‘Nuclear Iran’ and the ‘Sins of Democracy’

Abdullah bin Bijad al-Otaibi
Abdullah bin Bijad al-Otaibi
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A seventh round of negotiations with the Iranian regime is underway in Vienna. Western countries, led by the United States, are making concessions, Iran is hardening its line, and the dispute is no longer confined to Iran's interference in the internal affairs of Arab countries and ballistic missiles, but also in Iran's insistence on developing its nuclear program making it capable of producing a nuclear weapon that could change the world.

The Arab countries and their peoples are under a real and direct threat from Iran’s possession of a nuclear weapon. Its strategy to extend influence and impose hegemony targets Arab countries first and foremost, particularly the Arab Gulf states. We've seen that Iran has already succeeded in imposing control over Iraq, Syria, Lebanon and Yemen. It is important to monitor the Western stance on Iran, because from an Arab standpoint it’s easy to see that this stance is not firm enough and does not give enough regard to the concerns of the region, countries and peoples. Iran's possession of a nuclear weapon will support its expansionist strategy in a way that changes all the rules of the game around the world, not only in the region.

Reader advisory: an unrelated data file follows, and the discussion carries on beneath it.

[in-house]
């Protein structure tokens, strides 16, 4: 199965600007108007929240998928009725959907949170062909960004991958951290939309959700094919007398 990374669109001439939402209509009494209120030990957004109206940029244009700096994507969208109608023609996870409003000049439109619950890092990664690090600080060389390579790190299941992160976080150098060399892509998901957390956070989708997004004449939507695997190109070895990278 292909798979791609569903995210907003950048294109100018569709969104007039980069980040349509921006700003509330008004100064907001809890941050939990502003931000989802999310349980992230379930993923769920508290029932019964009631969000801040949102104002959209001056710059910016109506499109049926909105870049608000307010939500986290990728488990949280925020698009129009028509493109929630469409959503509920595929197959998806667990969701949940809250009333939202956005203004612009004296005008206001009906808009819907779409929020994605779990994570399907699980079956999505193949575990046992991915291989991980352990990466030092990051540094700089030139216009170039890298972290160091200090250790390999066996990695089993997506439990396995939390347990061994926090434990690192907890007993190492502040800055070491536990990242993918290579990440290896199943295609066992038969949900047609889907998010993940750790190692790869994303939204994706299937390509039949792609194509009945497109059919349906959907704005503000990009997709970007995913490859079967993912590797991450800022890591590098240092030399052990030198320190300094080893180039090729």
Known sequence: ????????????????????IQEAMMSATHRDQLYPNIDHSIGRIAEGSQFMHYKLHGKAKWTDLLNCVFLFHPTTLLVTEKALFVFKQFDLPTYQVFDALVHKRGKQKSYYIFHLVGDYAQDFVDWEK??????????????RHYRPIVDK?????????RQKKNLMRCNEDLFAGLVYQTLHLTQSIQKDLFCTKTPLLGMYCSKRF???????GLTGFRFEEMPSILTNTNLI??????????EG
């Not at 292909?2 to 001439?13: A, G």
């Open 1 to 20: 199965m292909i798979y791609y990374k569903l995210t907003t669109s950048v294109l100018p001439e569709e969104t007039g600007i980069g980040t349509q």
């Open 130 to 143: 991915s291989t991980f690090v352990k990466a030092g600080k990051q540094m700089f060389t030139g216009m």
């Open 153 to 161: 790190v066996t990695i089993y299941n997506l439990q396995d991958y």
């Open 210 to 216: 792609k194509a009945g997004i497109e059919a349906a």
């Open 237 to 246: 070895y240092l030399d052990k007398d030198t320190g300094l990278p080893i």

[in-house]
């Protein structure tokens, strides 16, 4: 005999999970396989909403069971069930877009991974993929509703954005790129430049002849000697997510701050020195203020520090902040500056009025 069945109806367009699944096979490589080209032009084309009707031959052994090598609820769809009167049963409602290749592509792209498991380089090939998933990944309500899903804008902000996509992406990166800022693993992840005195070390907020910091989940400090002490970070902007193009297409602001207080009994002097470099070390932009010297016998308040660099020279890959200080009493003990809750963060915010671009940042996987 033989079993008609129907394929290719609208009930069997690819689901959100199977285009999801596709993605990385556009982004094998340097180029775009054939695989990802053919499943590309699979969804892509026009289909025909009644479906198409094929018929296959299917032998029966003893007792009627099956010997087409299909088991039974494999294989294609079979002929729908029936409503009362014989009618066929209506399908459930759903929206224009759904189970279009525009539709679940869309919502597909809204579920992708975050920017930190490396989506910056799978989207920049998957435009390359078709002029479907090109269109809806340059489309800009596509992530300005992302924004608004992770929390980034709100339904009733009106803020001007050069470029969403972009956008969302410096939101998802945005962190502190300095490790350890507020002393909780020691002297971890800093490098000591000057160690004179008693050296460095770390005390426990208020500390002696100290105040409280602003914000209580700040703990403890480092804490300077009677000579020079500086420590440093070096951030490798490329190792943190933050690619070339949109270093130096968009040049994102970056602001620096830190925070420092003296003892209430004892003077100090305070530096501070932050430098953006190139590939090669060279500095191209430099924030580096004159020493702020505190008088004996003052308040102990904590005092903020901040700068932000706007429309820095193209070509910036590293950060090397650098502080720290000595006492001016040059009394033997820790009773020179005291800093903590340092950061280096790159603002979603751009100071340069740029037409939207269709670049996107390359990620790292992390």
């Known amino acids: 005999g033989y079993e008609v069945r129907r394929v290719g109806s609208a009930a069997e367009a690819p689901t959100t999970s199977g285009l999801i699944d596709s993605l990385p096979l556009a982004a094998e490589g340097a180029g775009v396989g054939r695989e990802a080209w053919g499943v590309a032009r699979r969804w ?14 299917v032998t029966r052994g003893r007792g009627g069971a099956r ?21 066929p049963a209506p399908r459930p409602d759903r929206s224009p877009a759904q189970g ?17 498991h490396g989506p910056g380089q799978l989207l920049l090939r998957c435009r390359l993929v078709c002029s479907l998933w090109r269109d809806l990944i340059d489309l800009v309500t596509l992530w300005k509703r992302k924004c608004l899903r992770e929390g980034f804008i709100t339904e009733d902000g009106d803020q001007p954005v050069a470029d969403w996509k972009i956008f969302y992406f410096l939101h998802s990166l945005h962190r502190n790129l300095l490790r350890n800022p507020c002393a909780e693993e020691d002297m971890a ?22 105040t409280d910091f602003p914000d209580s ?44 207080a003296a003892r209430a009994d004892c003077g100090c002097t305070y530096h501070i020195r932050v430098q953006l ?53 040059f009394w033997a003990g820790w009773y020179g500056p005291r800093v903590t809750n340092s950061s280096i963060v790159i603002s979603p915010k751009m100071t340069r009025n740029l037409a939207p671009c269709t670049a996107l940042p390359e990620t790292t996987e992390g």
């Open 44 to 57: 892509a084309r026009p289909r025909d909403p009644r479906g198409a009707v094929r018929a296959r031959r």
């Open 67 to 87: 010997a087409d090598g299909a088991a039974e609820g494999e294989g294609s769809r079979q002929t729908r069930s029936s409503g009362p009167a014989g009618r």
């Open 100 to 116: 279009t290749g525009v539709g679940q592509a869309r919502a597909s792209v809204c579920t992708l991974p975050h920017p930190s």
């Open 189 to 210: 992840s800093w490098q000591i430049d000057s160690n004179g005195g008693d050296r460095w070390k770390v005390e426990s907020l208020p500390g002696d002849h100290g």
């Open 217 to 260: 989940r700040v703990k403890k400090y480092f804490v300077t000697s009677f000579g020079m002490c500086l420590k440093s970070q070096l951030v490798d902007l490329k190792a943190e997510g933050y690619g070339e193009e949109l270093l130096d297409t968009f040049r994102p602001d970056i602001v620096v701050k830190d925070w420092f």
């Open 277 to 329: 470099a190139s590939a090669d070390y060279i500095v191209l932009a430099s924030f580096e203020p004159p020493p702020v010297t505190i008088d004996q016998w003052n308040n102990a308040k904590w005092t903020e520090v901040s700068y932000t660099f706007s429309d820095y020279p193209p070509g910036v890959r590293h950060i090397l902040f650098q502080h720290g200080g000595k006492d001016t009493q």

Anyone who is well-versed in history and political conflicts can easily see that this Western inaction spurs a nuclear arms race in the region and the world. It is a laxity that threatens the future of all mankind, and the countries targeted by the threat will not stand idly by. The Western rhetoric on the matter expresses mere “skepticism” In Iran’s seriousness and “concern” about its intentions, and “indications” of other options and “hints” of pressures that can be exercised, it talks about “optimism”, “pessimism” and “frustration”, a political language that is a model of political weakness, of weak decision-making based on a weak vision. Regardless of the internal disagreement in America when it comes to dealing with Iran, prudence shows that the language of force is the only language that the Iranian regime understands, and this is what the Arab countries know well.

Israel is well aware of this imminent Iranian danger, and it is unflinching in its consciousness of the threat and stance towards it. It is a mighty nuclear state with close relations with the West. Western countries are doing nothing about the Iranian regime, and therefore fears exist, and the threat is real.